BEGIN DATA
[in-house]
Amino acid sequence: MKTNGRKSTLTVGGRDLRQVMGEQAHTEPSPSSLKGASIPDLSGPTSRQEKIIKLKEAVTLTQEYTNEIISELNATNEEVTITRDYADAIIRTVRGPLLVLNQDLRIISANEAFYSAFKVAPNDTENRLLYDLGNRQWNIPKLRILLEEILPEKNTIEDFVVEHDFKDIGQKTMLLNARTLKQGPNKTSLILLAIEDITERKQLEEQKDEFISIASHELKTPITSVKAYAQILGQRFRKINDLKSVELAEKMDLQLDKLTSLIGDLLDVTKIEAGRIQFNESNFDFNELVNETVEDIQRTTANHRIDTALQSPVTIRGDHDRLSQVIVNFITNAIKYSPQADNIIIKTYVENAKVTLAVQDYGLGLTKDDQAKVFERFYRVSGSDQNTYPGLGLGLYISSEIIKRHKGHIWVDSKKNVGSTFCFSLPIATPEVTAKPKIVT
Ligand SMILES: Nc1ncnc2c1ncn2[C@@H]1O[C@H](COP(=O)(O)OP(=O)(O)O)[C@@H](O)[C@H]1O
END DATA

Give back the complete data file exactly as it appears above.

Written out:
[in-house]
Amino acid sequence: MKTNGRKSTLTVGGRDLRQVMGEQAHTEPSPSSLKGASIPDLSGPTSRQEKIIKLKEAVTLTQEYTNEIISELNATNEEVTITRDYADAIIRTVRGPLLVLNQDLRIISANEAFYSAFKVAPNDTENRLLYDLGNRQWNIPKLRILLEEILPEKNTIEDFVVEHDFKDIGQKTMLLNARTLKQGPNKTSLILLAIEDITERKQLEEQKDEFISIASHELKTPITSVKAYAQILGQRFRKINDLKSVELAEKMDLQLDKLTSLIGDLLDVTKIEAGRIQFNESNFDFNELVNETVEDIQRTTANHRIDTALQSPVTIRGDHDRLSQVIVNFITNAIKYSPQADNIIIKTYVENAKVTLAVQDYGLGLTKDDQAKVFERFYRVSGSDQNTYPGLGLGLYISSEIIKRHKGHIWVDSKKNVGSTFCFSLPIATPEVTAKPKIVT
Ligand SMILES: Nc1ncnc2c1ncn2[C@@H]1O[C@H](COP(=O)(O)OP(=O)(O)O)[C@@H](O)[C@H]1O